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Anthony Rizzo's keys to 2014 success

What changes did Anthony Rizzo make to have such success in 2014?

Tom Lynn/Getty Images

Anthony Rizzo's 2014 performance was a shock to many. He showcased his power potential in 2013, but he didn't produce as well as the Cubs hoped for. He only hit .233 with a wOBA of .322 and a wRC+ of 103. Both his wOBA and wRC+ were only slightly above league average.

However, these numbers drastically changed in 2014 when Rizzo produced a .286 batting average, a wOBA of .397, and a wRC+ of 153. How did Rizzo increase his numbers so dramatically? His walk rate only slightly increased in 2014. He produced an 11.9% BB% in 2014 compared to an 11.0% in 2013 -- not a huge jump. His strikeout rate was actually worse in 2014 than it was in 2013. He produced an 18.8% K% in 2014 compared to an 18.4% in 2014.

Compared to those peripherals that we usually use to identify a hitter's change in production, there are two other factors that we can likely attribute to Rizzo's increased production during 2014.

BABIP

His 2013 BABIP was .258 which is well below-average. This saw a huge jump in 2014 to .311. We know that BABIP can be affected by three things: defense, luck, and talent level. Could it be that Rizzo just squared up the ball a lot more in 2014? Short answer: no.  According to ESPN's Mark Simon and his "hard-hit rate" Rizzo produced a hard-hit rate of 21.2% in 2013. Hard-hit% is a good tool in determining players who run into bad luck. I'd say Rizzo's 2013 undoubtedly had bad luck. Let's take a look at the numbers of the two guys he was sandwiched between.

Player Hard-hit% BABIP K% AVG
Chris Davis 21.3% .336 29.6% .286
Anthony Rizzo 21.2% .258 18.4% .233
Ryan Zimmerman 21.2% .316 21.0% .275

He hit the ball hard about the same percentage as both Davis and Zimmerman, yet his average was over 40 points lower than theirs. Of the top 50 leaders in hard-hit rate for 2013, Rizzo had the lowest BABIP. Seems a bit unlucky to me.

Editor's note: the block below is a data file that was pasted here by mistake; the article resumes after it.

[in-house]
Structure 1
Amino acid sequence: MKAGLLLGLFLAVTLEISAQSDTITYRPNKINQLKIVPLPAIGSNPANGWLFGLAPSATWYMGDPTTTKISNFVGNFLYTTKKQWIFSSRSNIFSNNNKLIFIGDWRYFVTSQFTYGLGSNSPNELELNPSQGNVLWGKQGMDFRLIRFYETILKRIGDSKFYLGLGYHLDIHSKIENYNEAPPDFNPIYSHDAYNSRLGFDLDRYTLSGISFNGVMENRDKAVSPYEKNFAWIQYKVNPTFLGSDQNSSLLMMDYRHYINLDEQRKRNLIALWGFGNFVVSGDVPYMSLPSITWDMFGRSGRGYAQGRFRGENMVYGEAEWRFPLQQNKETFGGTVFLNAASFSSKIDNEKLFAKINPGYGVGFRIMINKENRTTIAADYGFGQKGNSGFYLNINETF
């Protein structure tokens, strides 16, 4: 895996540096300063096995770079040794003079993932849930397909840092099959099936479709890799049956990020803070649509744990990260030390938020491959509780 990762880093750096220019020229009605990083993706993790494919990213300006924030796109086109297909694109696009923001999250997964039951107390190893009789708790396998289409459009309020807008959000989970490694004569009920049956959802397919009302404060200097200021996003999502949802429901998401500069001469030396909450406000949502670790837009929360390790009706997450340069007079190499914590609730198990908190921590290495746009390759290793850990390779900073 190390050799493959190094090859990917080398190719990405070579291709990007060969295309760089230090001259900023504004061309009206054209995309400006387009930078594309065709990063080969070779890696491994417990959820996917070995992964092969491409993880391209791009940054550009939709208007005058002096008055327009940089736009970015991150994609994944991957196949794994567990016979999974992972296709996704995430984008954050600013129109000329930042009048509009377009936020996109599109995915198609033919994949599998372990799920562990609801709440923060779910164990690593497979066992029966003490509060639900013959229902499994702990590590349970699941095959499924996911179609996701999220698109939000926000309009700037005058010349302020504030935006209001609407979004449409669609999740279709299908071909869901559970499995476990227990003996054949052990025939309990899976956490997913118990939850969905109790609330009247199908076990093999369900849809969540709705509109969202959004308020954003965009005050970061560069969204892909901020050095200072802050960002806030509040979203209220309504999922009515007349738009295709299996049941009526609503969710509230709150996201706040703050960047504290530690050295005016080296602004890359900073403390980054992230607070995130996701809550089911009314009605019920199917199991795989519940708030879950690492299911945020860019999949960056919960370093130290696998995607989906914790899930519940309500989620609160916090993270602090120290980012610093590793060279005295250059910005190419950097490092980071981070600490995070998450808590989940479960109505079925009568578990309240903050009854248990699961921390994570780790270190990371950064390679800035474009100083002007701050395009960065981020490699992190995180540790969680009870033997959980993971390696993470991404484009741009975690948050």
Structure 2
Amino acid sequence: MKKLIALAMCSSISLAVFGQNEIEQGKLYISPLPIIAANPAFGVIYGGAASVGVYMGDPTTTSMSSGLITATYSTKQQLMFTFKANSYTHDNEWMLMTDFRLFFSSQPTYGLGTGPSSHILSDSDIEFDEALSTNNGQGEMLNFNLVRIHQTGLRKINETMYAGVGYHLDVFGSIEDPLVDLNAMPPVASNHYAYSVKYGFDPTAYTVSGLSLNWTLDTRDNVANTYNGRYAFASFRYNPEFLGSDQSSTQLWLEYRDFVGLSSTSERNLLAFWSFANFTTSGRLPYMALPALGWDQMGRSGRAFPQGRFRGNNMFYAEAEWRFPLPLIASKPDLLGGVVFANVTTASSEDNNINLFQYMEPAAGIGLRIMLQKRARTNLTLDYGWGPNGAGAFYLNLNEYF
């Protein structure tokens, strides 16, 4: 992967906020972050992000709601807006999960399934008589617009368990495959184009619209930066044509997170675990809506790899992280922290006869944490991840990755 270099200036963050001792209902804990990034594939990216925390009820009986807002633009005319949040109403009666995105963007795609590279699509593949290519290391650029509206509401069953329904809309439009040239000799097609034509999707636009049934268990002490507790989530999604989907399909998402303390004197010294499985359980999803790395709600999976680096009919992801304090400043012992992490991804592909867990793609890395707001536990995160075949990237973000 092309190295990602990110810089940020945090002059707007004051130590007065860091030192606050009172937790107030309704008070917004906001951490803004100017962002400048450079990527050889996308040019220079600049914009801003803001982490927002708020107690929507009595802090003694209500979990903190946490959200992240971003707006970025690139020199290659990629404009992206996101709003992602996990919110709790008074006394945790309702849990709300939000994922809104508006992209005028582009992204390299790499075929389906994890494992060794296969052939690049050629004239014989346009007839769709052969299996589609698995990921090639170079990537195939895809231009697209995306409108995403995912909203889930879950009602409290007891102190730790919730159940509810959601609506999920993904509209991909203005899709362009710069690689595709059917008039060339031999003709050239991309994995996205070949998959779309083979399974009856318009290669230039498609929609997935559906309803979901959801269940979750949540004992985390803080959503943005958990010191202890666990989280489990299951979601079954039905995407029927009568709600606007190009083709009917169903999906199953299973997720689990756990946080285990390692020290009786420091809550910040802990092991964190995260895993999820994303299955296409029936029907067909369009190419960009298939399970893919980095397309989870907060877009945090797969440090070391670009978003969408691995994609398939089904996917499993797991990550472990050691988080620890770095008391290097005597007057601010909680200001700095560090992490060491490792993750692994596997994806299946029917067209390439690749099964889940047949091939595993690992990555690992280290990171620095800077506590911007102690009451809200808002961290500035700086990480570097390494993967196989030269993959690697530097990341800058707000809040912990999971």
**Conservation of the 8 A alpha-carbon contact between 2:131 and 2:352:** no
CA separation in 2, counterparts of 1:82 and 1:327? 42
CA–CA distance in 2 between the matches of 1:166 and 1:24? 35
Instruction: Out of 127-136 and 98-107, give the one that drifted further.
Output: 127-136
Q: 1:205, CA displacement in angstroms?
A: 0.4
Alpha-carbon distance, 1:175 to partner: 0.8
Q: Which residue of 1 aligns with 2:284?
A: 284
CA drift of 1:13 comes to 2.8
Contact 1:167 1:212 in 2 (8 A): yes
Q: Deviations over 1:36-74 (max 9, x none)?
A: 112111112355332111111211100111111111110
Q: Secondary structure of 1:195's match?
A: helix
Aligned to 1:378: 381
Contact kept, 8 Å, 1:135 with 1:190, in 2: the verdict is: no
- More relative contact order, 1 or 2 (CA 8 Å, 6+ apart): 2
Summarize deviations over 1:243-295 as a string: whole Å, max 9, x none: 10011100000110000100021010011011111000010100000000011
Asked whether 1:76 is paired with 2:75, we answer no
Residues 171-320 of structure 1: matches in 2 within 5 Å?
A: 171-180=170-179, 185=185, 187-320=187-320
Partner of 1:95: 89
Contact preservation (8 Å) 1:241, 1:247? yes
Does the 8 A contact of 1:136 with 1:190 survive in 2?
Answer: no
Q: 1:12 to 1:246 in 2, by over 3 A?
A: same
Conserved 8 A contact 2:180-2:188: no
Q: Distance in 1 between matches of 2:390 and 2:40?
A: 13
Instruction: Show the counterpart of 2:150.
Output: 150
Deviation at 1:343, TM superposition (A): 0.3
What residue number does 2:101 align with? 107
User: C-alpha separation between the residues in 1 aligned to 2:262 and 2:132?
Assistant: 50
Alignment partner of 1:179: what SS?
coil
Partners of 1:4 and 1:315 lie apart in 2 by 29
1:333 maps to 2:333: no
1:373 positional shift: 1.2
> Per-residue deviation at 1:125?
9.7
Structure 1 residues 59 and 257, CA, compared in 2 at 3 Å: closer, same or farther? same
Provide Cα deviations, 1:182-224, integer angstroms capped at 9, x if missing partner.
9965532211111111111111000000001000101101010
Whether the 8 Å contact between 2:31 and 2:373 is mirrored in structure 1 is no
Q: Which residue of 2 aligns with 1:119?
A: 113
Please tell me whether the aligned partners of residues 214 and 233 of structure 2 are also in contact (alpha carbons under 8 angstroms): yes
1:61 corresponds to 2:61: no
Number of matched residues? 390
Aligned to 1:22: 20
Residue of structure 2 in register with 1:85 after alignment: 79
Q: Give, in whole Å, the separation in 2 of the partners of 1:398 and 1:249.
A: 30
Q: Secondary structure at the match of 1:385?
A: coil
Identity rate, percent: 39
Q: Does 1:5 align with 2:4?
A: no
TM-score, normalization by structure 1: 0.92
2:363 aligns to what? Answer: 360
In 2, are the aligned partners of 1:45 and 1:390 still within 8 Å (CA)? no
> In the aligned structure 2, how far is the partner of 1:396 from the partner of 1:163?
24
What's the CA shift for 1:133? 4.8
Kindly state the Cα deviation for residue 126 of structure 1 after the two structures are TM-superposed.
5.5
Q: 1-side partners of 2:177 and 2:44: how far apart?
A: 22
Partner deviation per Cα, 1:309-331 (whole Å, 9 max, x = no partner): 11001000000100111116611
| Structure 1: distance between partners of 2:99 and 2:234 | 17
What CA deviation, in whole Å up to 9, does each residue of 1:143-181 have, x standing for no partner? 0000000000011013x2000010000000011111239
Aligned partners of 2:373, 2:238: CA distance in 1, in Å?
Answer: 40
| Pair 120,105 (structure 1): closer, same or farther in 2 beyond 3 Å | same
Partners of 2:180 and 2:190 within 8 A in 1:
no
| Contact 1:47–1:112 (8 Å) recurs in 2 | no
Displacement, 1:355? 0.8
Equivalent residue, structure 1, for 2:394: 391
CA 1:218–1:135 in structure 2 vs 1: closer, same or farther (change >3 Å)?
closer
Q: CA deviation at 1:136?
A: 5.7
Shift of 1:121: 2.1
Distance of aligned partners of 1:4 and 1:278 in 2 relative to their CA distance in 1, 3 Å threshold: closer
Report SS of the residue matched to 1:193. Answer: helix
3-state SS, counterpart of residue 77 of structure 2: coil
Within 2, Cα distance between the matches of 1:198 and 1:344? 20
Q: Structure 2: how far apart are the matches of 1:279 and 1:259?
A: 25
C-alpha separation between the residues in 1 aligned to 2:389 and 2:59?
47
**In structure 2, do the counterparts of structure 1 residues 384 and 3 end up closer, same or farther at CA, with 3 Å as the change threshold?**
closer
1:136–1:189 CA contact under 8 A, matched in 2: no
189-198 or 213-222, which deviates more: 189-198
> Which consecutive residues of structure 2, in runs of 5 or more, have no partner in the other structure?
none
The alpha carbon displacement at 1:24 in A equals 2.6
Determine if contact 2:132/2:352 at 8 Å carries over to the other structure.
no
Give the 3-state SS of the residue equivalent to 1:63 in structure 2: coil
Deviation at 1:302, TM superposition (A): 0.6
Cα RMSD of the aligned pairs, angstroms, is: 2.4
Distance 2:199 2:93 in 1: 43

Now, let's compare Rizzo's 2013 numbers to 2014.

Year AVG BABIP wOBA wRC+ Hard-hit%
2013 .233 .258 .325 103 21.2%
2014 .286 .311 .397 153 16.6%

Well, that seems a little counterintuitive. His hard hit rate dropped nearly six percent, yet his numbers across the board vastly improved. This leads to my next point of improvement for Rizzo.

Change in Approach vs. Left-handed Pitchers

As many have noted, Rizzo did an excellent job changing his approach in 2014 and going with what the pitchers gave him. While he didn't make as hard of contact in 2014, he was a better all-around hitter. He used the whole field and was able to produce against balls low and away, rather than rolling over on them. More notably, Rizzo was much, much better against left-handed pitchers.

Take a look at his statistics when facing left-handed pitchers over the past two years:

Year AVG OBP K% LD% BABIP ISO HR/FB%
2013 .189 .282 20.4% 17.1% .207 .153 11.9%
2014 .300 .421 16.4% 23.4% .324 .207 20.0%

Let's take a look at his swing percentage from 2013 to 2014. Take note of his approach against lefties. 





Rizzo's swing percentage was much lower in 2014, which emphasizes his change in approach and growing patience at the plate. Now, let's take a look at the difference in his whiff percentage -- particularly against left-handed pitchers. 



As you can see, his whiff percentage was tremendously lower against lefties in 2014. Rizzo improved his ability to hit lefties in 2014 which led to a much more productive season for him. His hard-hit rate was lower, but he was a much more productive hitter. Although many believe he is due for regression, if Rizzo's hard-hit rate rises closer to what is was in 2013, we could see Rizzo produce similar results in 2015 as he did in 2014. Or he could be even better, if this happens and his luck improves quite a bit from what happened in 2013.

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All data courtesy of Fangraphs and Brooks Baseball.

Brandon Decker is a contributor at Beyond the Box Score. You can find him on Twitter @bdeck02.